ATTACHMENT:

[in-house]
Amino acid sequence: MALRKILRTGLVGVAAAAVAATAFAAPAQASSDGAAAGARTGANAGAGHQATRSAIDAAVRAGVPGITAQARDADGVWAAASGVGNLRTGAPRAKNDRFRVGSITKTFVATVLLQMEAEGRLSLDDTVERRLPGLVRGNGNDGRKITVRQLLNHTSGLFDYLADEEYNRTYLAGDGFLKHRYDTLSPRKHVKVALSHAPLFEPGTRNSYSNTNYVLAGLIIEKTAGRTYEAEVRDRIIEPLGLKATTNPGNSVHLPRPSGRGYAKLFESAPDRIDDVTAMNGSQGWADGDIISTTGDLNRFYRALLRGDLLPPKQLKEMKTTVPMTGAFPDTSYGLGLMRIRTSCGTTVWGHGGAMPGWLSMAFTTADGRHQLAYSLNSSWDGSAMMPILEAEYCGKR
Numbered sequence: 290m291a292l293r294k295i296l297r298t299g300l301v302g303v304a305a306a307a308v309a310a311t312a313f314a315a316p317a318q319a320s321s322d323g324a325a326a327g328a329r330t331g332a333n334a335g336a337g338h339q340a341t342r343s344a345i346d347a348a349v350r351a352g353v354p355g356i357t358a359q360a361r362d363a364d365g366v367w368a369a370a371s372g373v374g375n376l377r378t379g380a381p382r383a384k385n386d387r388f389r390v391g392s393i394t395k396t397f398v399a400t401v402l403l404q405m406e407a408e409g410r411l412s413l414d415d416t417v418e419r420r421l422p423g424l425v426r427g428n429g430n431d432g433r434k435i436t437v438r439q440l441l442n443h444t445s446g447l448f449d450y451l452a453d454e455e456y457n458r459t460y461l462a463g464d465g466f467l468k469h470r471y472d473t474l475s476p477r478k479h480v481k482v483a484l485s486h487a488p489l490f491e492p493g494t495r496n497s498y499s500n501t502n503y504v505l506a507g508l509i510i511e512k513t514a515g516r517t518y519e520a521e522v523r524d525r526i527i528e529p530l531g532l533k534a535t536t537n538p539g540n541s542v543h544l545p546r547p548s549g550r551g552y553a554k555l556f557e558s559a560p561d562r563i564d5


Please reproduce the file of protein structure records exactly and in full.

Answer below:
[in-house]
Amino acid sequence: MALRKILRTGLVGVAAAAVAATAFAAPAQASSDGAAAGARTGANAGAGHQATRSAIDAAVRAGVPGITAQARDADGVWAAASGVGNLRTGAPRAKNDRFRVGSITKTFVATVLLQMEAEGRLSLDDTVERRLPGLVRGNGNDGRKITVRQLLNHTSGLFDYLADEEYNRTYLAGDGFLKHRYDTLSPRKHVKVALSHAPLFEPGTRNSYSNTNYVLAGLIIEKTAGRTYEAEVRDRIIEPLGLKATTNPGNSVHLPRPSGRGYAKLFESAPDRIDDVTAMNGSQGWADGDIISTTGDLNRFYRALLRGDLLPPKQLKEMKTTVPMTGAFPDTSYGLGLMRIRTSCGTTVWGHGGAMPGWLSMAFTTADGRHQLAYSLNSSWDGSAMMPILEAEYCGKR
Numbered sequence: 290m291a292l293r294k295i296l297r298t299g300l301v302g303v304a305a306a307a308v309a310a311t312a313f314a315a316p317a318q319a320s321s322d323g324a325a326a327g328a329r330t331g332a333n334a335g336a337g338h339q340a341t342r343s344a345i346d347a348a349v350r351a352g353v354p355g356i357t358a359q360a361r362d363a364d365g366v367w368a369a370a371s372g373v374g375n376l377r378t379g380a381p382r383a384k385n386d387r388f389r390v391g392s393i394t395k396t397f398v399a400t401v402l403l404q405m406e407a408e409g410r411l412s413l414d415d416t417v418e419r420r421l422p423g424l425v426r427g428n429g430n431d432g433r434k435i436t437v438r439q440l441l442n443h444t445s446g447l448f449d450y451l452a453d454e455e456y457n458r459t460y461l462a463g464d465g466f467l468k469h470r471y472d473t474l475s476p477r478k479h480v481k482v483a484l485s486h487a488p489l490f491e492p493g494t495r496n497s498y499s500n501t502n503y504v505l506a507g508l509i510i511e512k513t514a515g516r517t518y519e520a521e522v523r524d525r526i527i528e529p530l531g532l533k534a535t536t537n538p539g540n541s542v543h544l545p546r547p548s549g550r551g552y553a554k555l556f557e558s559a560p561d562r563i564d5